||St. Louis, MO - Treasurer of the City of St. Louis-City Treasury Warrant $2 June 1, 1861. PCGS Very Fine 25 Apparent. This series of notes was essential for the flourishing of St. Louis commerce at the onset of the Civil War, and Eric studied it closely to understand its many types and varieties. The state legislature authorized this issue, and the notes circulated for several years. They were receivable for taxes and city fees, making them essentially interest-free loan certificates. Their size and style made them easy to circulate. Based on serial numbers observed, it appears well over 100,000 notes were printed and issued. Most were heavily worn, and many have hole-cancels. The notes used numerous signature varieties and likely maintained the engraved date, but were issued continuously as needed. The commissioners who signed the notes were at first appointed officials. The legislature then ruled that elected treasurers would be the signatories. Notes were redeemed haphazardly, and incomplete records were kept. Some notes have no plate letters, like this example, and some have the letter "A." This may be a series letter rather than a plate position letter (no B, C or, D letters are observed). Contemporary counterfeit notes plagued the $3 denomination, but no false $1 and $2 notes have been observed by us. One of the finer-grade examples from the entire series he encountered over many decades. A beautiful, genuine $2 note engraved and printed by the American Bank Note Co., New-York. At bottom center, passengers are visible on the steamboat sailing past a bustling industrial area. Upper corners display "2" dies, and bottom corners show ornate frames enclosing printed serial numbers. No letter. No. 25346. Noted with a petty "Edge Split at Left." A beautiful, uncanceled example. Underrated and undervalued in this wonderful state of preservation. Ex: Eric P. Newman Numismatic Education Society.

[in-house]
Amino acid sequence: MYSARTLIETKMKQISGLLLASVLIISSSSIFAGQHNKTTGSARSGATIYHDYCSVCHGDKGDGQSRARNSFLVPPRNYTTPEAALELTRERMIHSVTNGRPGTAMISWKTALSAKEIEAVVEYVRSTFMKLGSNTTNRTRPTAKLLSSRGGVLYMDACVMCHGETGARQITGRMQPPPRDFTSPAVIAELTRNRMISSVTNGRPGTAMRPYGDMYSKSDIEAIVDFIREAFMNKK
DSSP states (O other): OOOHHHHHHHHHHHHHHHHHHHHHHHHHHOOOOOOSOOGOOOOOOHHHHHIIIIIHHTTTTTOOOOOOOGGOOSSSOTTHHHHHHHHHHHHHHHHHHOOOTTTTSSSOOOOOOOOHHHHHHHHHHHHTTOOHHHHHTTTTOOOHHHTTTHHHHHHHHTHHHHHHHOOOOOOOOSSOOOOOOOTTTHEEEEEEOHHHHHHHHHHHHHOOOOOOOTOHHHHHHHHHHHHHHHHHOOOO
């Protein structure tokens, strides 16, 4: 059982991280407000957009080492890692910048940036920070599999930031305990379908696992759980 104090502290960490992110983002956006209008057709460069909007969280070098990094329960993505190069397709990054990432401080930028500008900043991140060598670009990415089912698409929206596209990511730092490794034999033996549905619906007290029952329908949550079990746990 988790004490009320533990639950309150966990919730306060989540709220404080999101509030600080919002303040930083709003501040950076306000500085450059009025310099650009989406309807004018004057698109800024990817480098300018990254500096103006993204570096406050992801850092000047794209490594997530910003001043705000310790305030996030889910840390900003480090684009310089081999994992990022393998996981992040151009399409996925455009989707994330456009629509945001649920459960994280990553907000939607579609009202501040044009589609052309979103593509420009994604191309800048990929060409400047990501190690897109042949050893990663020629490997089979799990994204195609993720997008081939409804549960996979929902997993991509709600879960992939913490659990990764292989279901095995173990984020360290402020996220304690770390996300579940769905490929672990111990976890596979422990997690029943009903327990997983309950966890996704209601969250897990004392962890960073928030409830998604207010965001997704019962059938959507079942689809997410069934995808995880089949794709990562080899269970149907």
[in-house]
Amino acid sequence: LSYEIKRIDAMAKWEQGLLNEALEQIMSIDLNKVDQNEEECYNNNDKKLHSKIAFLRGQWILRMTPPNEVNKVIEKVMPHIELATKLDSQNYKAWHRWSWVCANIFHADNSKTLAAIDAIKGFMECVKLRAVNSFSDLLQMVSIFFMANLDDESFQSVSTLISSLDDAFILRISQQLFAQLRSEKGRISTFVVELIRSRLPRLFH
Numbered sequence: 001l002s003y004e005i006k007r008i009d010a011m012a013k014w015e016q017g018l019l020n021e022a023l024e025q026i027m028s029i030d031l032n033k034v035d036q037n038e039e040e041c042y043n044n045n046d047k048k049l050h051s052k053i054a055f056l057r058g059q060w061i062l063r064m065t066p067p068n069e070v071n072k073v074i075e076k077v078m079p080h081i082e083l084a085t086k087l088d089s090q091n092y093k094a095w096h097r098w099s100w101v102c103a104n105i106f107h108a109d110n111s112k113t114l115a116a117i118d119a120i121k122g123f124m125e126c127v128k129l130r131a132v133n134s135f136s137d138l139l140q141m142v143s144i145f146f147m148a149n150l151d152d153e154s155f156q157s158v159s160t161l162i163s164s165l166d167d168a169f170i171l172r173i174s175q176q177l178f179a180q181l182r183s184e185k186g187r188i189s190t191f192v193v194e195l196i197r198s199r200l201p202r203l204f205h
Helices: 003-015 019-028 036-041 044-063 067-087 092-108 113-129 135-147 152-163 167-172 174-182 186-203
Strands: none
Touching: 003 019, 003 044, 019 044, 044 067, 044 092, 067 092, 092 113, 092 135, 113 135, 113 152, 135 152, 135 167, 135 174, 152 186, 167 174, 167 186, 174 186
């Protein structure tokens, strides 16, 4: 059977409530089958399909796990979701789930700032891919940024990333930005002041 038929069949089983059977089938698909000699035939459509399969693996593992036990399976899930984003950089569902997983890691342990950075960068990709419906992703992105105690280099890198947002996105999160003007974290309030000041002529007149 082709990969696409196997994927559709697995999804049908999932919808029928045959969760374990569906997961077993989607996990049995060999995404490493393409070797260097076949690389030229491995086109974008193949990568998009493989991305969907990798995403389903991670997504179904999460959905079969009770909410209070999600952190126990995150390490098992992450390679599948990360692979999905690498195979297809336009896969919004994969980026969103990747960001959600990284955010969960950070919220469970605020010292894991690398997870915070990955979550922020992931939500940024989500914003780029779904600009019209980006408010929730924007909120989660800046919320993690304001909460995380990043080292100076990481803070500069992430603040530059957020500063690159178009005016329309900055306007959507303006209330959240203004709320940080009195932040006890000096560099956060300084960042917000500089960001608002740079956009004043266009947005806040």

From Newman X (Heritage Auctions, November 2018), lot 20159, realized $840.